Monday, January 23, 2012

Seminary life is a journey of ever-deepening trust, for the sake of being conformed to the image of Christ.

Seminary life is a journey towards being conformed to the image of Christ, according to the mind of the Church, the two thousand-year old community of believers to which we belong. Now when Jesus sent his disciples out, one of the things he commanded them to do was to “take nothing with them for the journey” except that which was an absolute need.

While a seminary student is not yet being “sent out” to do ministry, the words of Jesus to the disciples have an echo in his life. When we enter seminary, the only thing we take with us is ourselves. The thing is, this ‘self’ we take with us can sometimes be the greatest and heaviest baggage we carry.

Our ‘self’ is what we bring to Christ and present to God when we enter seminary. It’s the starting point of our journey. It’s the material that will be used - the "material cause", to borrow a term from Aristotle - of what is to one day become, a finished result, namely, a priest according to the mind of Christ. Without it then, there can be no finished product. The question is, what exactly is this ‘self’ we’re bringing along with us?

It’s the coming together of many things: our intellectual, emotional, physical, and even ethical make up, our family background, our education, our upbringing, our strengths, our weaknesses, our personality quirks, our problems, etc. The self is a very strange mix of all sorts of things: good and not-so-good. “We are darkness and light”. But it is this “strange mix”, this “impure mix” that is the most basic ingredient or material that God will use to mold the future priest he wants us to be. There is no other.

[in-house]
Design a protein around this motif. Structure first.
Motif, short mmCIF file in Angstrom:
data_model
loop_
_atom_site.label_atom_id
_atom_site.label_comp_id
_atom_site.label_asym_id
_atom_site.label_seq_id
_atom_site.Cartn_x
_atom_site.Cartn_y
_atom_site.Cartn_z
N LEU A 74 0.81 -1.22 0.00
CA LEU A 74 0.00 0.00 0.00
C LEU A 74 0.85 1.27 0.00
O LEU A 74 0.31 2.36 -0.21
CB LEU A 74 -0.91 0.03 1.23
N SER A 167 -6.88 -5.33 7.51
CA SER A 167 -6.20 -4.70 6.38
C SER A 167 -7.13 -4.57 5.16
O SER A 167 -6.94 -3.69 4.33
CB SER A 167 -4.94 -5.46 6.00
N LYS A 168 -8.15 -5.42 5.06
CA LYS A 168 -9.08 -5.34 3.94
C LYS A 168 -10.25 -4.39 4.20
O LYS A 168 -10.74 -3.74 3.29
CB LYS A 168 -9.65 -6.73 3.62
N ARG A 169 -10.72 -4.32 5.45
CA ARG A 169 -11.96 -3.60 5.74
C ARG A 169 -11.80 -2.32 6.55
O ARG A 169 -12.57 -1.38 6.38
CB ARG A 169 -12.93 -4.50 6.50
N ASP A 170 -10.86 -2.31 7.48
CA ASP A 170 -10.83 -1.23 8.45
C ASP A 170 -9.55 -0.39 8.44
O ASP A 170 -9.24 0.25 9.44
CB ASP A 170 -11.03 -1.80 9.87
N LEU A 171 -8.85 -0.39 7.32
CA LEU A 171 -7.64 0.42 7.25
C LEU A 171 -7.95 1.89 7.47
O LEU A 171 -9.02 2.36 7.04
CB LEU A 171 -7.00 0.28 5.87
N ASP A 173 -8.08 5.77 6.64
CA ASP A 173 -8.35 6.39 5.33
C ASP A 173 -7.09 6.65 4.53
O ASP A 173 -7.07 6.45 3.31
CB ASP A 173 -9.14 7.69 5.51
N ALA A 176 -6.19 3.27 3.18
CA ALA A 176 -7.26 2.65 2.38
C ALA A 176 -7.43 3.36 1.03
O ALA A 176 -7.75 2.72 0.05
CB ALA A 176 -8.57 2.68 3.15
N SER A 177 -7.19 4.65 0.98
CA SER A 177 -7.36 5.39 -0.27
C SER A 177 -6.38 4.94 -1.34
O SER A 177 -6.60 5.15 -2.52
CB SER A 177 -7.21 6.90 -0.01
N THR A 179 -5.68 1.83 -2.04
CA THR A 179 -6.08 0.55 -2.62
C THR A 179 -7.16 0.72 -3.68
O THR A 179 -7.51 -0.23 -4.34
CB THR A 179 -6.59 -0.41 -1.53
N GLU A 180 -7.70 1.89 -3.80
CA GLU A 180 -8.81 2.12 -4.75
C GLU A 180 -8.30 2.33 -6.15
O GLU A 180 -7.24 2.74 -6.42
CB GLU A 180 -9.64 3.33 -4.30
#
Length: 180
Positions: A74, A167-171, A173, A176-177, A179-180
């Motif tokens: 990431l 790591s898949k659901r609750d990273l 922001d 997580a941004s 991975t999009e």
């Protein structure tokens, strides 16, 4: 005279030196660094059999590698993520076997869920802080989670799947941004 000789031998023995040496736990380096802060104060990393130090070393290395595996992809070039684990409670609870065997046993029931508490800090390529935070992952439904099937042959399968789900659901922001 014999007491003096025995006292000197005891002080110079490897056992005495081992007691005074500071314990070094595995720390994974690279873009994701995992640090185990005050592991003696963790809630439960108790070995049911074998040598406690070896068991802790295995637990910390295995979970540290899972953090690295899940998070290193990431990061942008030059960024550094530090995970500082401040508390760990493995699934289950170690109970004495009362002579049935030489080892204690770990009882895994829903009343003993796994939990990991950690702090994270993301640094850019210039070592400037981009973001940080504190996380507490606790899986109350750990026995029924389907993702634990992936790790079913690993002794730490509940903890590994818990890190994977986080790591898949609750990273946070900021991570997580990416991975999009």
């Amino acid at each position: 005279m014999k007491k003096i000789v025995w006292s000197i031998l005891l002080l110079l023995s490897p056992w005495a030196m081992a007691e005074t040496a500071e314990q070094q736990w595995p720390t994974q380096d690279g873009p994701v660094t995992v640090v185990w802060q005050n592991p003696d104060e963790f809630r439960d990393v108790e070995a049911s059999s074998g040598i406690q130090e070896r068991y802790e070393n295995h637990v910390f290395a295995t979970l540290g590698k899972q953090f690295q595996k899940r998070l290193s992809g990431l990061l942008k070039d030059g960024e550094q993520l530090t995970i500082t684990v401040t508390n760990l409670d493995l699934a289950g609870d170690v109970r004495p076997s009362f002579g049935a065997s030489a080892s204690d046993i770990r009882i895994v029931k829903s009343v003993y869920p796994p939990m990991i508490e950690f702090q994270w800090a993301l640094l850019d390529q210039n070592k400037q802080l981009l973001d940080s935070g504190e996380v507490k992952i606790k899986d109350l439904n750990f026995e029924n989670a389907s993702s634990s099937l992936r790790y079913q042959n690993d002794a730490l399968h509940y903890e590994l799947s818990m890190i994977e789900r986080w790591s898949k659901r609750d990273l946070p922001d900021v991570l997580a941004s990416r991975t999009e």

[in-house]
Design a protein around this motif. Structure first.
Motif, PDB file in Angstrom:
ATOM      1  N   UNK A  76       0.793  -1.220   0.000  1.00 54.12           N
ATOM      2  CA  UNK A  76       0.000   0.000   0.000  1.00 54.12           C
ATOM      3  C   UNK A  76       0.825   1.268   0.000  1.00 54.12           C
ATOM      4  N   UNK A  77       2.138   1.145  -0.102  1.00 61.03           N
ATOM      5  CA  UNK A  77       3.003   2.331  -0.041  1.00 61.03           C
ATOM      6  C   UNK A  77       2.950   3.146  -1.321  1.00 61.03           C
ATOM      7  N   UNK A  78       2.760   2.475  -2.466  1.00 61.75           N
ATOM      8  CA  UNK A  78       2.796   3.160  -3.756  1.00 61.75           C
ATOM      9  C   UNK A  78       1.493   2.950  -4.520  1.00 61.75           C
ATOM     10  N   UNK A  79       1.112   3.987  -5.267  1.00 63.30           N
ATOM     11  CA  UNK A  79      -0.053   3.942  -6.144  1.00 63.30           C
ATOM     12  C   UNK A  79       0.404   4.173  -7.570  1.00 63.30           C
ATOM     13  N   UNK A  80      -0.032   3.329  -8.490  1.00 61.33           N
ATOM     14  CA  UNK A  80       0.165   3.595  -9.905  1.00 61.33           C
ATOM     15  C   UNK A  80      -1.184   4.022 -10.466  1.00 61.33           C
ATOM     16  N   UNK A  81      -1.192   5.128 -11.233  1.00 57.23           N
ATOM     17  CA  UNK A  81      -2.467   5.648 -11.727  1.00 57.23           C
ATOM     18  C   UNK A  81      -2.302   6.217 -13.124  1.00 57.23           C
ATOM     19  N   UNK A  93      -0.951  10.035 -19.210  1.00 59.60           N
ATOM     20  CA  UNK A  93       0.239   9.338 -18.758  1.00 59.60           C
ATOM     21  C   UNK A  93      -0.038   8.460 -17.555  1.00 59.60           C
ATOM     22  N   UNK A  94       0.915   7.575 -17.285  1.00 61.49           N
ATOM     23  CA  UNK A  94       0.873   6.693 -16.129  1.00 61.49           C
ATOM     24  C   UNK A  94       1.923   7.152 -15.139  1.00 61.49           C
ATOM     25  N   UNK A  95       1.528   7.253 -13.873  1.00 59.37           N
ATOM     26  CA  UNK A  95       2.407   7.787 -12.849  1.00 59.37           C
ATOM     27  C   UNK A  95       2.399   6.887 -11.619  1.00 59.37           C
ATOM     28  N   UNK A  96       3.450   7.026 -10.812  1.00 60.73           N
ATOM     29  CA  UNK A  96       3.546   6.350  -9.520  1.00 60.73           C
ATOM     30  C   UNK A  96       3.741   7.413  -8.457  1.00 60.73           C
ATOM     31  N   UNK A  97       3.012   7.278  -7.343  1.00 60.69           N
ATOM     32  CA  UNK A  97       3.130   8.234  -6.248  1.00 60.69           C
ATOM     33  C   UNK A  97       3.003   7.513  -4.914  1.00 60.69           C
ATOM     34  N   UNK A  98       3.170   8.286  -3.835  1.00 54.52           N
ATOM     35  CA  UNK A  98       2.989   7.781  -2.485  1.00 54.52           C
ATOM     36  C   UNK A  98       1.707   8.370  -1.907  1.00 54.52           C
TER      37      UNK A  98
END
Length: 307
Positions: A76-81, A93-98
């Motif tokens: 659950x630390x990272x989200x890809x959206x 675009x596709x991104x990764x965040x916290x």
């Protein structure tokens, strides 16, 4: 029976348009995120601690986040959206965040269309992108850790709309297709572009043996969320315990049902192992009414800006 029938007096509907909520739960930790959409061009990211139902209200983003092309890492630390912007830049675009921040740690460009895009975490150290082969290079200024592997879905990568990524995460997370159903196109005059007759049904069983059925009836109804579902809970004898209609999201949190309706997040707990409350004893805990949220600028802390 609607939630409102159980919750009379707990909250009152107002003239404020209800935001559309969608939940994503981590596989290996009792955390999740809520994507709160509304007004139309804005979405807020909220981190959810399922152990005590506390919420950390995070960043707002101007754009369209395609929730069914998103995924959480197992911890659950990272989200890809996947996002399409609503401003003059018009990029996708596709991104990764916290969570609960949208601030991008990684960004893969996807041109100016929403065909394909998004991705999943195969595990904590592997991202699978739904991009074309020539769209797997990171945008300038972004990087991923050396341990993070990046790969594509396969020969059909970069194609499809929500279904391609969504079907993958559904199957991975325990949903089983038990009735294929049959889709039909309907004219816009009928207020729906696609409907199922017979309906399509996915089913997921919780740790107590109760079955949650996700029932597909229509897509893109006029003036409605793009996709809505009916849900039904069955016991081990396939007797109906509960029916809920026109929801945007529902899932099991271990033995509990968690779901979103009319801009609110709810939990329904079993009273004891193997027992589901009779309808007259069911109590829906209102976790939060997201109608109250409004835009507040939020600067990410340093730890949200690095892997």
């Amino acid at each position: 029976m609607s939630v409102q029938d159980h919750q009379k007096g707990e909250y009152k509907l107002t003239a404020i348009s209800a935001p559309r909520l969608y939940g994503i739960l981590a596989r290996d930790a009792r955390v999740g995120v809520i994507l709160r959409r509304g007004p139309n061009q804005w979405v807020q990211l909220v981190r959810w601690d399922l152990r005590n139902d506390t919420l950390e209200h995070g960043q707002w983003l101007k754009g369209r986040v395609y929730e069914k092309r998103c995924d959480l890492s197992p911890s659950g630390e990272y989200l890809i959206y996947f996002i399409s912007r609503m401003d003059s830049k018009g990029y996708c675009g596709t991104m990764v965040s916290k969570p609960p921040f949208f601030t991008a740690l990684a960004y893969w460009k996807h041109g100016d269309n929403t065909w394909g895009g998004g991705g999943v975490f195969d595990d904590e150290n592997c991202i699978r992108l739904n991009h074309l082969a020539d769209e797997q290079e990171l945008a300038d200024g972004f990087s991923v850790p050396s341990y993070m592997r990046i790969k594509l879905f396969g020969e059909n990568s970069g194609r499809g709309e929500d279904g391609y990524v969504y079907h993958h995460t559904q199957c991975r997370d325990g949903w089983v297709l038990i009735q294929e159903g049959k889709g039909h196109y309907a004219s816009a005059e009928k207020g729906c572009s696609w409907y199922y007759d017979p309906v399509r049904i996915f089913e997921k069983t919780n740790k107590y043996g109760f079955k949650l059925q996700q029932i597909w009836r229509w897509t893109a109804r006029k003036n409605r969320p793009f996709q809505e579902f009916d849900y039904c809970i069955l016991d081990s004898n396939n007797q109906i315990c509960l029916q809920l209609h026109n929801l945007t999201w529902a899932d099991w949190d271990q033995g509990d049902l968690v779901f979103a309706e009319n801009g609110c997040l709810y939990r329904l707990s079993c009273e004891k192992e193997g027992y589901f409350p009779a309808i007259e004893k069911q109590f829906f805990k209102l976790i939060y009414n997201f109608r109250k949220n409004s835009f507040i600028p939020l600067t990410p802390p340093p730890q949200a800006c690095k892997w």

The philosopher Martin Heidegger says - I'm paraphrasing here - that “the inauthentic is the ground out of which the authentic arises”. Who and what we are in our totality—the good and the bad, the pleasant and the unpleasant—the fact that in us dwell the twin realities of sin and grace—this is the ground out of which God will form the priest he wants. For as Thomas Aquinas says, “grace does not destroy nature. It builds upon nature and brings it to perfection”.

When we enter seminary, and all throughout our years in formation, the invitation is always: “come as you are”—because it is our encounter with Christ in formation that will transform us. We do not do it ourselves.

Who and what we are, our humanity–the core of ourselves–this is what needs to be formed and transformed by our life in formation; not the externals or the accidentals of our character or personality.

This, however, involves a tremendous risk, requires a lot of confidence and trust, because it can be daunting, even scary. And fear is the greatest enemy of formation, discernment, vocation, faith, and of life itself.

There’s a great amount of risk involved in seminary, especially if one does enter fully into the process of formation. There’s a lot of “what ifs” involved. What if I’m just wasting my time here? Are all these things going to produce the result they say they will? Is my ‘investment’ of time, self, energy, effort, etc., worth it? There’s a lot I’m really giving up.